Updated guidelines should reflect latest evidence and voices of people with lived experience
TORONTO, June 9, 2023 /CNW/ – The Canadian Cancer Society (CCS) welcomes the announcement of an investment of $500,000 from the Government of Canada to expedite the review of the breast screening guidelines by the Canadian Task Force on Preventative Health Care (Task Force). The guidelines were last updated in 2018 and since then, evidence and understanding of breast cancer early detection has continued to evolve, applying pressure on the guidelines to keep pace.
Currently, the Task Force guidelines recommend mammography every two years for those who are between 50 and 74 years old and not at high risk for breast cancer. For women aged 40 to 49, it is recommended that they make an informed decision with their healthcare provider about whether mammography is right for them.
“We have heard from those living with breast cancer that the current guidelines do not match their lived experience and that they do not feel represented by today’s guidelines,” explains Andrea Seale, CEO, CCS. “Because the guidelines inform the work of primary care providers across the country and influence provincial screening programs, it is vital that they stay current and are inclusive of the varied experiences and perspectives of people affected by breast cancer.”
In Canada, an estimated 1 in 8 women is expected to be diagnosed with breast cancer during their lifetime. Breast cancer is the second leading cause of cancer death in women in the country. Access to breast cancer screening is critically important to find breast cancer early when the likelihood of successful treatment is higher.
Last month, the US Preventive Services Task Force (USPSTF) proposed updates to their recommendations on breast screening, which included women starting biennial screening at age 40. In that review, the USPSTF recognized inequities in breast cancer mortality and length of survival for Black women.
CCS has been urging the Task Force to review the guidelines and address gaps since 2019. In light of the USPSTF guideline release, we have advocated for the Task Force to have the resources and funding to complete the guideline update in a timely and efficient way and revisit how they develop guidelines to find efficiencies and learn from other jurisdictions. In addition, CCS has encouraged the Task Force to intentionally include the perspectives of those who are eligible for breast cancer screening and those who have lived experience with breast cancer in the guideline update.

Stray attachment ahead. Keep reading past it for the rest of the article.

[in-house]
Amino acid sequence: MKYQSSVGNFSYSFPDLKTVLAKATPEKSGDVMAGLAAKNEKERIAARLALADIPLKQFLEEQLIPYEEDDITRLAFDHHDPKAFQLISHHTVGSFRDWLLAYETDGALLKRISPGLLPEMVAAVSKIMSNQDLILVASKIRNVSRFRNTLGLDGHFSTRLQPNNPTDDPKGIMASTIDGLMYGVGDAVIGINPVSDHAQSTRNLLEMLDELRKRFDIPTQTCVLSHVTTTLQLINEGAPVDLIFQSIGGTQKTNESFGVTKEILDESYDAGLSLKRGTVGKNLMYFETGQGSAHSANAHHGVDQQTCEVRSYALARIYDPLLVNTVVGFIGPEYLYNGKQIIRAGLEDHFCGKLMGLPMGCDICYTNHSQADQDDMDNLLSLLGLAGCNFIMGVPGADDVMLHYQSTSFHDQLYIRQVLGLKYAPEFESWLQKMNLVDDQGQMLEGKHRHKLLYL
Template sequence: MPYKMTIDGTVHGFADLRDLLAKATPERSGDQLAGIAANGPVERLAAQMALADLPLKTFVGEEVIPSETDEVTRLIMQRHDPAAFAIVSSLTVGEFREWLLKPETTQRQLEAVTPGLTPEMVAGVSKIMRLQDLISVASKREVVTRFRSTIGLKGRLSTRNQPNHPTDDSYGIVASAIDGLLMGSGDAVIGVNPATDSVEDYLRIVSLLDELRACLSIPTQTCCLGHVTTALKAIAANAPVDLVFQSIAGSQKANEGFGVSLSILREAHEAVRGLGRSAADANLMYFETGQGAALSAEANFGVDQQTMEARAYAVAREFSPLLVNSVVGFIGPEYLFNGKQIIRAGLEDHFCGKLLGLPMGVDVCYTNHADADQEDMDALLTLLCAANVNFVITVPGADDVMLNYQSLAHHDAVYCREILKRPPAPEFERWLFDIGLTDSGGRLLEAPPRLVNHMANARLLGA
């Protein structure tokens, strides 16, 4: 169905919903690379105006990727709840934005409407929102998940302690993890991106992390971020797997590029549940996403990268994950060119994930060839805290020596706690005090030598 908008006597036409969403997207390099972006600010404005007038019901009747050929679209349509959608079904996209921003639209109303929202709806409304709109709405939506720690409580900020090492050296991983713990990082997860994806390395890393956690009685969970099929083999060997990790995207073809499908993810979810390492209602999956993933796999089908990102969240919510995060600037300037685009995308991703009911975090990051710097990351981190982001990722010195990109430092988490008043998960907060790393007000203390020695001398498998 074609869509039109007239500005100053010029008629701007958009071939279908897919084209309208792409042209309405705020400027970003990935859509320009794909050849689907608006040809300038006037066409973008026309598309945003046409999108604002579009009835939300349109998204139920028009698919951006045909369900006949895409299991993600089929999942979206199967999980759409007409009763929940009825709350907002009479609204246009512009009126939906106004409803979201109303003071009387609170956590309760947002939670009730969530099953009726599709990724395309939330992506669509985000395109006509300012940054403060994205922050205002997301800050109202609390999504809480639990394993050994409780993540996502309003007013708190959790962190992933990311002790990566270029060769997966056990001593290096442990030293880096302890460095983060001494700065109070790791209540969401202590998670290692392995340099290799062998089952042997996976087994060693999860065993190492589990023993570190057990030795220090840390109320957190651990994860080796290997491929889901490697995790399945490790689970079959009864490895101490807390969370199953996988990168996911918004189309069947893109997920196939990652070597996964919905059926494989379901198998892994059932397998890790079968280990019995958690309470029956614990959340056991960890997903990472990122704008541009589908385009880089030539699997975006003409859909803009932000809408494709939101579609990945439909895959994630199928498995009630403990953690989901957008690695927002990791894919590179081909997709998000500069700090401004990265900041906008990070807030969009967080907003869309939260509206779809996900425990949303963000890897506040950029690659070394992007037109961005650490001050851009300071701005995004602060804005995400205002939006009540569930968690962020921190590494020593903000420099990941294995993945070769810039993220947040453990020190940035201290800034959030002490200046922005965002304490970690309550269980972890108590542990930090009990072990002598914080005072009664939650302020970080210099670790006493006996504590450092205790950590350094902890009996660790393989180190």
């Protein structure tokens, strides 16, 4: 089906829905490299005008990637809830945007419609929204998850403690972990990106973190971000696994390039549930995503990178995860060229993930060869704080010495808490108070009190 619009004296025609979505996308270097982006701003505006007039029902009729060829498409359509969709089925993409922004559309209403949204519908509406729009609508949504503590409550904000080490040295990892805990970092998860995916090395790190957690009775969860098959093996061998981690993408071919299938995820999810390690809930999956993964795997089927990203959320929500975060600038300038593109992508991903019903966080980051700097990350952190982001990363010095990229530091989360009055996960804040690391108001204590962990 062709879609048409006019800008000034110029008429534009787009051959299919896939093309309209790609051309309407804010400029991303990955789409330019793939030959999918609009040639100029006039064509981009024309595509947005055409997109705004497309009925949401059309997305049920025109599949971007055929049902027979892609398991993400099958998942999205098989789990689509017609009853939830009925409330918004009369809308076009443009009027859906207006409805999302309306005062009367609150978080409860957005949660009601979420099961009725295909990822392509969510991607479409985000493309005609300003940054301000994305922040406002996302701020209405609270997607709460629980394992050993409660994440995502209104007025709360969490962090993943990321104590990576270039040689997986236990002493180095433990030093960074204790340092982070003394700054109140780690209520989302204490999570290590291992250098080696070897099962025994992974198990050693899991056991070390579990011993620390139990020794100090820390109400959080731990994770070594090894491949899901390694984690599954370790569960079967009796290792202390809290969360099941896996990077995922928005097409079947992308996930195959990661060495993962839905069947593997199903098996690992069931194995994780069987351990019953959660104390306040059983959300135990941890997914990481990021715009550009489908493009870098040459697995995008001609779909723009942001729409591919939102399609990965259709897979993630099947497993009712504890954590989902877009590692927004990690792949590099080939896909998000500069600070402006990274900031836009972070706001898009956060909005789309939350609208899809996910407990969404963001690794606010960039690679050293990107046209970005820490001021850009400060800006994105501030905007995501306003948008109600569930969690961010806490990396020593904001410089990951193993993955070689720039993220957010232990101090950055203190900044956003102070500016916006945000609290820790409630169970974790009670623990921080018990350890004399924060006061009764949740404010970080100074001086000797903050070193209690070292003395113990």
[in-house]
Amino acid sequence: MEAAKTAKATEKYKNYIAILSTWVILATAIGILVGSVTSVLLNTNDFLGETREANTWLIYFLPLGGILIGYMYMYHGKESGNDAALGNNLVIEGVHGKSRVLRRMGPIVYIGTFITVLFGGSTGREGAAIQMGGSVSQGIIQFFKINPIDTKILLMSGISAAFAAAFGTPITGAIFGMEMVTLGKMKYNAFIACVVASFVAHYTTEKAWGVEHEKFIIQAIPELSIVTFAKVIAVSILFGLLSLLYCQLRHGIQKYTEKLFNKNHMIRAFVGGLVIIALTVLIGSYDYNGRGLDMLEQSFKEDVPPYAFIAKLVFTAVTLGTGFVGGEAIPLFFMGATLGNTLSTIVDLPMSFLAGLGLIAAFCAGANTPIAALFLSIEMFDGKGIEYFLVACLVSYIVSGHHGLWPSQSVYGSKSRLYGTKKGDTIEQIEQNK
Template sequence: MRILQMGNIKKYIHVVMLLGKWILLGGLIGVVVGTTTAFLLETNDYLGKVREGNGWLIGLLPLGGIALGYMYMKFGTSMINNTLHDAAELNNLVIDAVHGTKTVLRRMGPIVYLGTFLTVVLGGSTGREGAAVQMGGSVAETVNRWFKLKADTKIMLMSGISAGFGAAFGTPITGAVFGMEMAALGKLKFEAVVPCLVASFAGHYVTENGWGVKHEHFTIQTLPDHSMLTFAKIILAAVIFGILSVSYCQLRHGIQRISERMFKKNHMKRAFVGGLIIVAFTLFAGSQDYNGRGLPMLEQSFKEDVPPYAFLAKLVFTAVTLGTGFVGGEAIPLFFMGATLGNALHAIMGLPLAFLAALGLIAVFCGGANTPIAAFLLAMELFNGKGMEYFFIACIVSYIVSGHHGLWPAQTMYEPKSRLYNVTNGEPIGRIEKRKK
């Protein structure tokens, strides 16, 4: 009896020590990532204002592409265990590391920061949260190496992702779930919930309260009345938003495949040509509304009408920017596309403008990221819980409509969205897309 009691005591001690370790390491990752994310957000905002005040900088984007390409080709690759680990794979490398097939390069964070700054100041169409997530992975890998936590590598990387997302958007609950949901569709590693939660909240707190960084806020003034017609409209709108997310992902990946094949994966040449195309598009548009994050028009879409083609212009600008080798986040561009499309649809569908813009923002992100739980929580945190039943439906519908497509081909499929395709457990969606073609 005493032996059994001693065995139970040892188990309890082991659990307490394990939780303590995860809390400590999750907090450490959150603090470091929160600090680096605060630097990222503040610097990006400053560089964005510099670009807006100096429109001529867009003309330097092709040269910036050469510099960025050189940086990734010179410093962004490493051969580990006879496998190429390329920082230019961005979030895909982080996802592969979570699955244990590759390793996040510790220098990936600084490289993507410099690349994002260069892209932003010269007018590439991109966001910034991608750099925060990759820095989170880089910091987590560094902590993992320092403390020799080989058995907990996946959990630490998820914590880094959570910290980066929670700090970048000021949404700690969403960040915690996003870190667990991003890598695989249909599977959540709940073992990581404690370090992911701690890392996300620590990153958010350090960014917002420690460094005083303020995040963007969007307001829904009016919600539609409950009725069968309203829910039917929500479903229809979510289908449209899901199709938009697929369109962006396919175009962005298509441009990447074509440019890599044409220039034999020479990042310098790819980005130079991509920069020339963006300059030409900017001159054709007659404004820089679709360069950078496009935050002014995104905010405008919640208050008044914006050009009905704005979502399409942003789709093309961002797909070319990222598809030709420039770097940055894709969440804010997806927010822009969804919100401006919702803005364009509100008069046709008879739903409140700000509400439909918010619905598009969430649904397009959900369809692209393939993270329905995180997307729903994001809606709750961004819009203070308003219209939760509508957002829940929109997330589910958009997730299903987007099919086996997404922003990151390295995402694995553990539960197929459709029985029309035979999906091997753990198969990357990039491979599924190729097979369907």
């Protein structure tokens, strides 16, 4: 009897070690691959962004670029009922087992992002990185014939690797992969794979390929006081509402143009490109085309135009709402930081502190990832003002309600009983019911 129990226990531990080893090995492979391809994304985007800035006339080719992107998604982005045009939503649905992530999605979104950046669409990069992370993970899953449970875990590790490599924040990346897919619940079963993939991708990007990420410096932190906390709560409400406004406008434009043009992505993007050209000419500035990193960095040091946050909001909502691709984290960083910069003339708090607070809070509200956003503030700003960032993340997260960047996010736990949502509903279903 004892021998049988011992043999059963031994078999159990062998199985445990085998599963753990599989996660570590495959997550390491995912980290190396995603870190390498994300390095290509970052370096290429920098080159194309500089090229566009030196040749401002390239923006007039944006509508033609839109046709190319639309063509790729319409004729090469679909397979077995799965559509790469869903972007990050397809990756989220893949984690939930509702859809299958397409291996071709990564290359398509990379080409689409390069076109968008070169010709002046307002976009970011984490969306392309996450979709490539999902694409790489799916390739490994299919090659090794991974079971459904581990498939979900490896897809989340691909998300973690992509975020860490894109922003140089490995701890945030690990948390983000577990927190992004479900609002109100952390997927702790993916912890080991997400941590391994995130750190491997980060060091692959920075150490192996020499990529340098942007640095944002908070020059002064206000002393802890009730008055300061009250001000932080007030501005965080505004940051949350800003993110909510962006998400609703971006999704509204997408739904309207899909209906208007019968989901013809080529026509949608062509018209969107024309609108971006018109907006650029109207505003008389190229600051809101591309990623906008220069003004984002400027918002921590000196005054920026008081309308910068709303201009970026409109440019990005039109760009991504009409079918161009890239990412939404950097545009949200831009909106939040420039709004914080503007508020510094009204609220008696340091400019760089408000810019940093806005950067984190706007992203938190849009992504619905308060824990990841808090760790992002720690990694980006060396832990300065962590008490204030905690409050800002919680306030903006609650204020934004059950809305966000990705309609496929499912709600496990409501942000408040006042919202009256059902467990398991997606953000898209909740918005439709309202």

“In Canada, we know there are people who are currently eligible for screening who are not accessing it due to barriers and inequities, especially people in racialized and Indigenous communities and those living with low-income and in rural-remote communities,” adds Seale. “As we discuss breast cancer screening and the Task Force proceeds with a review of the guidelines, we need to better understand the impacts of these barriers and work to reduce them.”
CCS is committed to continuing conversations with the Task Force, breast cancer screening experts and with people who have been affected by breast cancer, as well as supporting the work of provincial and territorial organized breast screening programs.
Screening programs are an important part of cancer care. As the review takes place, CCS continues to encourage all individuals over the age of 40 to speak with their healthcare providers about breast screening in their province or territory and what’s right for them. Participating in screening programs that are in place across Canada is the best way to detect breast cancer early.
To learn more about breast cancer or early detection, visit cancer.ca/breast or call 1-888-939-3333.
The Canadian Cancer Society works tirelessly to save and improve lives. We fund the brightest minds in cancer research. We provide a compassionate support system for all those affected by cancer, across Canada and for all types of cancer. As the voice for people who care about cancer, we work with governments to shape a healthier society. No other organization does all that we do to make lives better today and transform the future of cancer forever. Help us make a difference. Call 1-888-939-3333 or visit cancer.ca today.
SOURCE Canadian Cancer Society